Allergies From Stress

Stress allergies

Ever wonder why your seasonal allergies vary in intensity from year to year? What makes them so much worse this year compared to last season? It’s not as simple as environmental fluctuations that change how plants bloom. Your immune reactions against otherwise harmless things like pollen fluctuate and adapt according to what else is happening in your body. And unlike the growing season, your body’s reaction to this environmental stressor is one thing you have more control over than traditionally considered.

Allergy symptoms involve the release of an inflammatory chemical by your cells, called histamine. Most over-the-counter allergy medications are “anti-histamines” that block the inflammatory action of this hormone in your body. However, your body is already equipped with its own anti-inflammatory hormone called cortisol. It’s the hormone that stops a small injury like a twisted ankle or mosquito bite from swelling excessively. Many people with chronic allergies have low cortisol levels. This means that people with chronic allergies may have less capacity than others to inhibit inflammatory histamine reactions against pollens or other allergens.


Chronic Stress can Cause Allergies

Cortisol affects and is affected by many other hormones, including thyroid hormones, blood sugar regulating hormones (e.g. insulin), and estrogen. Our thyroid gland health, dietary habits, and sex hormone balance therefore impact allergy symptoms. However, one of the most significant causes of reduced cortisol levels is chronic stress. Stress, whether emotional, environmental, or physical, and when experienced over a long period of time, shifts the body into a different biochemical state that includes inflammation. Our bodies may respond to the increased inflammation with cortisol, our natural anti-inflammatory hormone, but long-term production of high amounts of this hormone can be exhausting. Over time, cortisol levels can decline and be experienced as “burnout”.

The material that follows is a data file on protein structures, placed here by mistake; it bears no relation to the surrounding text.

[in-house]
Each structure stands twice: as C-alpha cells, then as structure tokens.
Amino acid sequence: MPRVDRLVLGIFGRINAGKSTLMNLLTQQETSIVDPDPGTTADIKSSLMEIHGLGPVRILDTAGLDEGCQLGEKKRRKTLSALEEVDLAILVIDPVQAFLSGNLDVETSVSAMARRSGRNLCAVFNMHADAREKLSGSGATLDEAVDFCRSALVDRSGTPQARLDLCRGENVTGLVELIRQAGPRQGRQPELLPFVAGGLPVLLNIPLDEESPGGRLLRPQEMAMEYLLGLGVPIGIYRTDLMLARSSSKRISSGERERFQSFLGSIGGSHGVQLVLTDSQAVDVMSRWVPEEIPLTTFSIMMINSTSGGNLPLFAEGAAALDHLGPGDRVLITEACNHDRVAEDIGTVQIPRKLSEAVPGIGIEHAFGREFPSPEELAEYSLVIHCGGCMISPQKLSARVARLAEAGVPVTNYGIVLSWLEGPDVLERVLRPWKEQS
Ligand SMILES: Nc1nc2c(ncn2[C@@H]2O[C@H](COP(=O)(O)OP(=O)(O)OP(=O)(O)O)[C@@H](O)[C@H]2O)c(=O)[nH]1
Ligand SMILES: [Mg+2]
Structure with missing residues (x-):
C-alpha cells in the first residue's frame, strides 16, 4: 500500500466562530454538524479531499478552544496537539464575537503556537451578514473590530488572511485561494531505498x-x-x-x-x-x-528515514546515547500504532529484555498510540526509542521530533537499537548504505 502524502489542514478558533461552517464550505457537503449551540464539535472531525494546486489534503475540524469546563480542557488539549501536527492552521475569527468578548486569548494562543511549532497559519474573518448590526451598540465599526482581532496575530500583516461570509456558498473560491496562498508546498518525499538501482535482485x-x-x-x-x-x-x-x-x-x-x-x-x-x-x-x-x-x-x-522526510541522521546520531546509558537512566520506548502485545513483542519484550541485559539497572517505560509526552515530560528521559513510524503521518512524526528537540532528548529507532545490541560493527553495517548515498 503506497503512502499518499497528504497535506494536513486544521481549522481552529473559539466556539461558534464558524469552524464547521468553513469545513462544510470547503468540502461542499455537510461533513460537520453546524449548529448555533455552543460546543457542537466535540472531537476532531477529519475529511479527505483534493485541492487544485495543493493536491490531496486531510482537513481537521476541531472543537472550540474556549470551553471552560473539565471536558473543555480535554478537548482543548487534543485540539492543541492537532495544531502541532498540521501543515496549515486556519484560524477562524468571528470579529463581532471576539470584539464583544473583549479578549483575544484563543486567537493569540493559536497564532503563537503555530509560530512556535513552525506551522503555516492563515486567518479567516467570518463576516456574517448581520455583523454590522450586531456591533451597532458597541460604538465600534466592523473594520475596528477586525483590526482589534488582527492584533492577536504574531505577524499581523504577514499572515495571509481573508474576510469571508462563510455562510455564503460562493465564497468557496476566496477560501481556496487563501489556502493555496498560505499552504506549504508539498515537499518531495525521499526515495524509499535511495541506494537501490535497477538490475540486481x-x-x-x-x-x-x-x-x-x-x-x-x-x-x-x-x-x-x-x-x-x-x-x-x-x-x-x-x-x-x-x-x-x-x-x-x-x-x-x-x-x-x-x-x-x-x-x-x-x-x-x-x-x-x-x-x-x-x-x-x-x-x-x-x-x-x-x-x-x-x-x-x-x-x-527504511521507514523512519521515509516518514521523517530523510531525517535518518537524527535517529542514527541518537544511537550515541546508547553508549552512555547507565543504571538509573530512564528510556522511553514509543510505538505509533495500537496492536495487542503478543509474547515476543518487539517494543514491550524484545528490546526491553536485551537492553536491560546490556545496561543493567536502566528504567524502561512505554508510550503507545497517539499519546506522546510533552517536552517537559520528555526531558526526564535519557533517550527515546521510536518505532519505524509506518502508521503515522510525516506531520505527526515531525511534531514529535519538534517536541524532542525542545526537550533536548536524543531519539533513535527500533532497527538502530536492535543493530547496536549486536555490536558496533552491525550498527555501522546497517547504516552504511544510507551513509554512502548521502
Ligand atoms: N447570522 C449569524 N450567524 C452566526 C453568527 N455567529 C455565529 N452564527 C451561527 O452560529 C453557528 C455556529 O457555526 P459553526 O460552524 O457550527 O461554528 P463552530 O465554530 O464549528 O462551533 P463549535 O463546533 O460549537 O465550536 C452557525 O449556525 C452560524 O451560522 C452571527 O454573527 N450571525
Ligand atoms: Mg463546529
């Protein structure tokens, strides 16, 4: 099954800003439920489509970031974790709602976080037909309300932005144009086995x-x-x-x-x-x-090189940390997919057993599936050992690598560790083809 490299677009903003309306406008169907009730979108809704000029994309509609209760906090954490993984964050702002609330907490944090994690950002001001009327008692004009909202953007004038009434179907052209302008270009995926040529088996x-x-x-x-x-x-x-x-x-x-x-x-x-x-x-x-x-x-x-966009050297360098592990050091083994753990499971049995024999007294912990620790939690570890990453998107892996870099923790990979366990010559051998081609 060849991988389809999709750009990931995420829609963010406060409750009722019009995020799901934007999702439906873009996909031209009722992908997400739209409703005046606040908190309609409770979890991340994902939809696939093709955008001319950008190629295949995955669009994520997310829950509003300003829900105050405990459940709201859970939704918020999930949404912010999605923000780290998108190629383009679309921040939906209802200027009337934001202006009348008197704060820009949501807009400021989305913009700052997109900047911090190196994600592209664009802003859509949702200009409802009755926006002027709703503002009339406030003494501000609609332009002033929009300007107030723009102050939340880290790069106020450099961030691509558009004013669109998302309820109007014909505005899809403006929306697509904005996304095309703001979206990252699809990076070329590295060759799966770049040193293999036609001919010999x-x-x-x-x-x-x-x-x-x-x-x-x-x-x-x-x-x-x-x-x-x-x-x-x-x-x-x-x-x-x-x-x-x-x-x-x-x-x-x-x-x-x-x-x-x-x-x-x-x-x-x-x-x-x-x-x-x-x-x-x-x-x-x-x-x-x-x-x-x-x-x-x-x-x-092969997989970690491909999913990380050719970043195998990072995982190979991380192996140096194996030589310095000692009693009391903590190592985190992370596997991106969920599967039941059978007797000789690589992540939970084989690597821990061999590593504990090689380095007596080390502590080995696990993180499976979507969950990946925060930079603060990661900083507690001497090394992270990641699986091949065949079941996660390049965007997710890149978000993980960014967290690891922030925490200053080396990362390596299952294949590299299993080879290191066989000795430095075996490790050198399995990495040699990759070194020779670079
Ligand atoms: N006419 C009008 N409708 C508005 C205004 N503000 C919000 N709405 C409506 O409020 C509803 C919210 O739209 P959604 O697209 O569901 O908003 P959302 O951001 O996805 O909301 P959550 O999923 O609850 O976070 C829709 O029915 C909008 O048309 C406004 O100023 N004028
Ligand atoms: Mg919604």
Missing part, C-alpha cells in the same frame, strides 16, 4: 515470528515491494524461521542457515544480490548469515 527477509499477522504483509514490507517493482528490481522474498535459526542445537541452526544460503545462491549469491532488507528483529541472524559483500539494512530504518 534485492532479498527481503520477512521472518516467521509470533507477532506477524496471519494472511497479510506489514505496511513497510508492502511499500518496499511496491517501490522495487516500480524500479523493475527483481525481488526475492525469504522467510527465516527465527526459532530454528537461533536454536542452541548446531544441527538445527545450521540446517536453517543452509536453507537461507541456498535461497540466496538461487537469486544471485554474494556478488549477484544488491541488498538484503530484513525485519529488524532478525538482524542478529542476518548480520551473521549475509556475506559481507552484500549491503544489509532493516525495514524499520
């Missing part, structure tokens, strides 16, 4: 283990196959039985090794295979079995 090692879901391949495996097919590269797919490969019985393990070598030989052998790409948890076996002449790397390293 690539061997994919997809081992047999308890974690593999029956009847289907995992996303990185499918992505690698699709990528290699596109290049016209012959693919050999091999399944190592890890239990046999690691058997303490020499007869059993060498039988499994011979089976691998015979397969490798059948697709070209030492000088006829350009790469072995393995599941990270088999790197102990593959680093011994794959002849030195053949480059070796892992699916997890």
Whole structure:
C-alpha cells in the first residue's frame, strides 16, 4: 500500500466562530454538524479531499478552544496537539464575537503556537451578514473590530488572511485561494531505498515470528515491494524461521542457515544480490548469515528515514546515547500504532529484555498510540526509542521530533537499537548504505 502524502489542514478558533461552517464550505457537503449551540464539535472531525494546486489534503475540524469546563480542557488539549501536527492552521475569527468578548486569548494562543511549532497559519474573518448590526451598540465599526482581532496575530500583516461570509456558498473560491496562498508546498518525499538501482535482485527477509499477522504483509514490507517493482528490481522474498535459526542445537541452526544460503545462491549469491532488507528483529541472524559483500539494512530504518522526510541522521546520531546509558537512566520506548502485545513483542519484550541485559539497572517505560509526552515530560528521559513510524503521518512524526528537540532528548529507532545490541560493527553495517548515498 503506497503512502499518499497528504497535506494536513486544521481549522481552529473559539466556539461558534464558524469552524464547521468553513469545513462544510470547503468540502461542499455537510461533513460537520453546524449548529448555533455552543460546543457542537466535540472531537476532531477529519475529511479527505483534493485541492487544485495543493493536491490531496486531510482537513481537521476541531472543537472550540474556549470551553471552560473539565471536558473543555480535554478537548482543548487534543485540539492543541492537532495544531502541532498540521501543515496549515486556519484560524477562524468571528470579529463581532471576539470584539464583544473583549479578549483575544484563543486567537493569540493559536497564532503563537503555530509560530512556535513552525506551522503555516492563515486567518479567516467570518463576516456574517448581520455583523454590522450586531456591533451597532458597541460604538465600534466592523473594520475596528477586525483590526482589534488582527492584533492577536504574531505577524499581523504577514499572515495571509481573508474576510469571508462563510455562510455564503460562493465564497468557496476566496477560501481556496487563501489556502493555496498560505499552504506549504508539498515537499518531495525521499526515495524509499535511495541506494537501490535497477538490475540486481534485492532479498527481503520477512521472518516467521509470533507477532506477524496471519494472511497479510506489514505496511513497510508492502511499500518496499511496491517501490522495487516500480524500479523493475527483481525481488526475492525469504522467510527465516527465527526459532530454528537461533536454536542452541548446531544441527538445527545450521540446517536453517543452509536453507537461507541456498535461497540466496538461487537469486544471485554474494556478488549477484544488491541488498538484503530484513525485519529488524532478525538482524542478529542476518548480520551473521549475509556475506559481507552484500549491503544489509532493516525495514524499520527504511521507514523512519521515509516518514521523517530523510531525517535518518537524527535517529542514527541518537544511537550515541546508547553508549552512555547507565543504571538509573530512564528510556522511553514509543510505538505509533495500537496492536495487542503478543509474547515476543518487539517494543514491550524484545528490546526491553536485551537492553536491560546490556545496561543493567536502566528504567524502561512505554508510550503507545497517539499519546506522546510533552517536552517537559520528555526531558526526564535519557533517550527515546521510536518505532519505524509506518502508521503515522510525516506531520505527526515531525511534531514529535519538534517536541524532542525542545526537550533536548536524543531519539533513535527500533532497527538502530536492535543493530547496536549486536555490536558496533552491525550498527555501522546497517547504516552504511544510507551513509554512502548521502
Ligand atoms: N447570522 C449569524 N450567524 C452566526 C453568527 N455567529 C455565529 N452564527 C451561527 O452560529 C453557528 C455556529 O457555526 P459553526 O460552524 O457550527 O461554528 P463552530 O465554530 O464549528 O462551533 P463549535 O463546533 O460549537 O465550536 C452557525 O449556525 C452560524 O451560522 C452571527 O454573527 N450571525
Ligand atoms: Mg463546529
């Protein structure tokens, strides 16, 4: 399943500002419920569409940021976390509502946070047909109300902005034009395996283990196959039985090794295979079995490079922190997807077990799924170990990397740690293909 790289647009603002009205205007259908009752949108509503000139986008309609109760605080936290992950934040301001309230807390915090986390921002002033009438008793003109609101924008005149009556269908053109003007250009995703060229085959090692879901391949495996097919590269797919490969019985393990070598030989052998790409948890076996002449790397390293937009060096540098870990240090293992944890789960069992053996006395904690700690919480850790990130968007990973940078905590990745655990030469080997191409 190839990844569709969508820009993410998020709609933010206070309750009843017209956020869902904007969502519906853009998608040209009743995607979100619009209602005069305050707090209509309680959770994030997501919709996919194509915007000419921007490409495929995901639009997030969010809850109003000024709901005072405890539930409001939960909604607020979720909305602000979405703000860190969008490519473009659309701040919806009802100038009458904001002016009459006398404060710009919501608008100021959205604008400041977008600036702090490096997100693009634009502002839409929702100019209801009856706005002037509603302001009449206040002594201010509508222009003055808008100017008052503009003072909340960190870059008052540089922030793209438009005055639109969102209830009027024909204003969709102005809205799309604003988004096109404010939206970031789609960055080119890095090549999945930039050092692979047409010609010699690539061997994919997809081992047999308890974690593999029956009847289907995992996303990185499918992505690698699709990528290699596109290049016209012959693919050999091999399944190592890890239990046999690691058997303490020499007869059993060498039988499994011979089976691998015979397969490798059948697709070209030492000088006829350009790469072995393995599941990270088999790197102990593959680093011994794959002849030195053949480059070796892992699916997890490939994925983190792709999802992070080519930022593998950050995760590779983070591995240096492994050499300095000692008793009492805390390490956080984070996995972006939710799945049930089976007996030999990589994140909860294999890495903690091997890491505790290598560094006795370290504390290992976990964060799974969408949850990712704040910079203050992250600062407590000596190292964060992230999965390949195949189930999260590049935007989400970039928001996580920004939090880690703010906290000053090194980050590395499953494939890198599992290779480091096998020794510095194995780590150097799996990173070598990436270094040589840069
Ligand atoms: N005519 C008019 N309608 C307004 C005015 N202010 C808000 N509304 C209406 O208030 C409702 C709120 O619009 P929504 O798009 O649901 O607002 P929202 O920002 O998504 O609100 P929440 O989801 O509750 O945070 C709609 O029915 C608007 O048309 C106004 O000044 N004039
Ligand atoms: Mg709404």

Block Histamine? Or Support Cortisol?

One medical approach to treating chronic allergies is to block the immune response, such as with an anti-histamine drug like Reactine. A more integrative approach includes supporting the body’s production of cortisol. We want to ask questions like: “Is the body’s production of cortisol low and if so, why?” “If cortisol levels are adequate, then is the problem about where the cortisol is going or how it’s being used in the body?” By supporting the parts of the body responsible for cortisol production and management, you come closer to addressing the source of the problem. And by addressing chronic stress directly, such as with mindfulness, meditation, yoga, or heartmath, we address healing on many levels, including underlying causes of allergies.

allergies, Naturopathic medicine, stress

Dr. Sonya Nobbe, ND

Dr. Sonya Nobbe is a Naturopathic Doctor and Director of Kingston Integrated Healthcare Inc. She has been practicing in the Kingston area since 2007. Dr. Sonya maintains a family practice, with a clinical focus on complex chronic disease, including Lyme disease and Fibromyalgia.


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We respectfully acknowledge that Kingston Integrated Healthcare is situated on ancestral Anishinaabe and Haudenosaunee Territory. Since time immemorial they have cared for these lands and waters, and we are grateful. We recognize that a healthy environment is essential to the wellbeing of all people and all life.

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